Written Contracts Can Lower Your Legal Costs Over the Long-Term
Contracts are designed to keep disputes out of the courts. Making it a standard practice to have written contracts will reduce the amount of disputes you have over the life of your business. Contracts also make it easier and cheaper to resolve any disputes because there are fewer facts to argue over and often contracts will spell out the penalties for being in breach of contract.
It is much cheaper to pay the legal costs associated with negotiating and drafting a contract than it is to pay for litigation over an unclear oral agreement. If litigation is needed, having a written contract puts you in a much stronger position than if you are relying on other evidence of your agreement.
Contracts Let You Get Back to Business
You didn’t get into business because you like arguing over payment and delivery terms. Every time you have a dispute or misunderstanding over the terms of a deal it is costing you time and money. Instead of doing other high value activities in your business, you have to dedicate time to clearing up confusion between our origination and your customers, strategic partners, or vendors.
Written contracts make these kinds of misunderstandings less frequent. A great contract makes everyone’s duties clear. This frees up your time to do what you do best—serving your clients and customers.
Contracts let you get back to business.
What is the Difference Between an Oral and a Written Contract?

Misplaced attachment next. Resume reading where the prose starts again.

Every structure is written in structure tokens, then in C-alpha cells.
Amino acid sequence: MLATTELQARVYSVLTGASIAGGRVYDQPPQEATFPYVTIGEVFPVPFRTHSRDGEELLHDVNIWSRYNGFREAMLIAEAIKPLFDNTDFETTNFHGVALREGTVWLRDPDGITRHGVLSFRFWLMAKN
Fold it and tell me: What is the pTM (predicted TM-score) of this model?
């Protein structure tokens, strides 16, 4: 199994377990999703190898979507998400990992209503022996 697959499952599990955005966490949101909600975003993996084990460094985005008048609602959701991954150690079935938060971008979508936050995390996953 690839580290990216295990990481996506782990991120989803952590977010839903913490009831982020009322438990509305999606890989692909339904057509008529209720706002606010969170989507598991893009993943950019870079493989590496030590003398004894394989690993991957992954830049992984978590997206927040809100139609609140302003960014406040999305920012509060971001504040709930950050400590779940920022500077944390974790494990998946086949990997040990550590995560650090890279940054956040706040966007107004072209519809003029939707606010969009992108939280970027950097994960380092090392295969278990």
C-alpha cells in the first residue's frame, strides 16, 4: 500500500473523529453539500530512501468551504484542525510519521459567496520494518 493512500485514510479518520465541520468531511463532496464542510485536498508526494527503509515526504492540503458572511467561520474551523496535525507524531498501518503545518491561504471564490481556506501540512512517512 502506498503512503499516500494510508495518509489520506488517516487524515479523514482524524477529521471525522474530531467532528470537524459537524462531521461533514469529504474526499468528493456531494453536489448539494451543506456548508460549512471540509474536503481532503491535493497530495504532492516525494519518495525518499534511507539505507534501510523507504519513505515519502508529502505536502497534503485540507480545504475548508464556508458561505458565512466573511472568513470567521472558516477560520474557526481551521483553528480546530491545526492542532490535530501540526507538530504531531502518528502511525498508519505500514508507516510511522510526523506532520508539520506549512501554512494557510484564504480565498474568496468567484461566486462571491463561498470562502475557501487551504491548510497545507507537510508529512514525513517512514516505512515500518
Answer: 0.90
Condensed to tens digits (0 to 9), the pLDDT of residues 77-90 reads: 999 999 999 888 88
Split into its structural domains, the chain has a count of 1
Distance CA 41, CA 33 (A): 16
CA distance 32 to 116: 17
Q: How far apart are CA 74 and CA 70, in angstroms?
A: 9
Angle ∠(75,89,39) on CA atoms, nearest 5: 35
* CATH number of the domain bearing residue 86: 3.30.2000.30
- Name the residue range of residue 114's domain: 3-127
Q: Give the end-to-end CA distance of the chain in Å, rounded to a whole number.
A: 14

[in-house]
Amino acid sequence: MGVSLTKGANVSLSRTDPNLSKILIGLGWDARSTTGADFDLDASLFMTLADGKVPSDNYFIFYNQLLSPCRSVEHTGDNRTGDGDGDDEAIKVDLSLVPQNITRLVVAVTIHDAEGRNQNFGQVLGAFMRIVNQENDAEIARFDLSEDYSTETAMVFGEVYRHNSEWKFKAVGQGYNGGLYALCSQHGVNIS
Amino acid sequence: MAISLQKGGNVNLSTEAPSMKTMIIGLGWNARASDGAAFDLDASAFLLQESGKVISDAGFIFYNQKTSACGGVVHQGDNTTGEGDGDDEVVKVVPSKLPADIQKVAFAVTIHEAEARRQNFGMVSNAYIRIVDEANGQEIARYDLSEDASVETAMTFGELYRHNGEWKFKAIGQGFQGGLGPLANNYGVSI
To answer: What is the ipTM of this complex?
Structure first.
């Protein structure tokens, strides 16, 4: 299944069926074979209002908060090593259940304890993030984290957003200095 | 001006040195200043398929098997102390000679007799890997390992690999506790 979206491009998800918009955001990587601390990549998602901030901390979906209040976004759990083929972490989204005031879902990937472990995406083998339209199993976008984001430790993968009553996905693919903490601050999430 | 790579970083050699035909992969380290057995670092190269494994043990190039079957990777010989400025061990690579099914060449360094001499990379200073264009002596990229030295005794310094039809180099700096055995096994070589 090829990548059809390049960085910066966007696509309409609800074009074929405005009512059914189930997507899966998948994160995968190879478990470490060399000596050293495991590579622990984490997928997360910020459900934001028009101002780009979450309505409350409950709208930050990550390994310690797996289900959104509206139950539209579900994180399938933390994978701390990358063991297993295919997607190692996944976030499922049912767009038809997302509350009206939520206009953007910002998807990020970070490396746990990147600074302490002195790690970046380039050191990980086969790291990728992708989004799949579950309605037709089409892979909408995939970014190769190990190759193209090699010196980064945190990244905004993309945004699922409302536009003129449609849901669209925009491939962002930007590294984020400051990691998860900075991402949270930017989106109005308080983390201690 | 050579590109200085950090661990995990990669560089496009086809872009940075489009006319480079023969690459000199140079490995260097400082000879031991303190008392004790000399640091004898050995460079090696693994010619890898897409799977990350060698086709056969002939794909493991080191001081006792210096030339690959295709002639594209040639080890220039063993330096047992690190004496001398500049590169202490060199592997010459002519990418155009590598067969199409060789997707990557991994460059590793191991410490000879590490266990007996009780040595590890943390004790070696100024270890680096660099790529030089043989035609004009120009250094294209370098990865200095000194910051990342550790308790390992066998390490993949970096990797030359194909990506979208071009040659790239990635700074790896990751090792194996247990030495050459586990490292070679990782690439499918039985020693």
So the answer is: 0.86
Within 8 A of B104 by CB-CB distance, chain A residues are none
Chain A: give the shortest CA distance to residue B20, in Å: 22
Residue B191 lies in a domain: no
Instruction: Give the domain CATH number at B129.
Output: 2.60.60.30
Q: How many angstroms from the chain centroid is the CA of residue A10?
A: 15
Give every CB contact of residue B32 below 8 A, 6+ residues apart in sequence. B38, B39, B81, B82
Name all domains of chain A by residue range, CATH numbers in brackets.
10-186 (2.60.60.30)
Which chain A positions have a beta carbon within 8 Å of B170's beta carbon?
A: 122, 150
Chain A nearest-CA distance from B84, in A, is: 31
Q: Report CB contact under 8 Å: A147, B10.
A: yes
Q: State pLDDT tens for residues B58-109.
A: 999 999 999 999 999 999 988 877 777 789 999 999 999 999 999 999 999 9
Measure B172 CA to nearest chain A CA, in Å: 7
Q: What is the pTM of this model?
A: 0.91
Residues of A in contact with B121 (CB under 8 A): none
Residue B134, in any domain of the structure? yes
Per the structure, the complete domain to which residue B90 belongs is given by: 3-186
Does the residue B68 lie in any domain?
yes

Under Florida contract law both an oral contract and a written contract are considered equally binding and enforceable. However, if the oral contract was ever litigated it may be difficult to prove the specifics of the agreement. A contract should always be in writing.
Many people think of a contract as a long piece of paper that spells out an agreement. But, a contract is a legal concept. A contract does not have to be written down to be valid. However, having a written contract is a best practice.
The legal definition of a contract is a mutual agreement between two sides where a valid offer has been made, that offer has been accepted, and something of value (consideration) has changed hands or will change hands in the future.
You can have a valid oral contract or written contract. You can have a legally enforceable contract that is sealed by a handshake or a legal contract that is agreed to on the phone or even over text or email.
However, when there is only an oral contract, it can difficult to decide what the actual terms of the contract are. It is possible that both sides interpret the meaning of the deal differently. One side could later try and change the terms of the deal. The basic problem if an oral contract is one of proof.
How can you prove what the terms of the deal were when there is no document to refer to? This makes oral contract difficult, but not impossible to enforce.
Under the law some contracts must be in writing to be valid. For example, contracts dealing with real estate or contracts that cannot be performed with one year are required to be in writing in order to be enforceable.
How to Prove the Terms of an Oral Contract
There are three primary ways to prove what the terms of an oral contract are:
- Statements from witnesses
- Past performance
- Contemporaneous documentation
Anyone who was present when the deal was agreed to would be able to give an account of what the terms of the contract are. However, often witness statements are contradictory and make it difficult for a neutral fact finder to make sense of what happened when the contract entered into.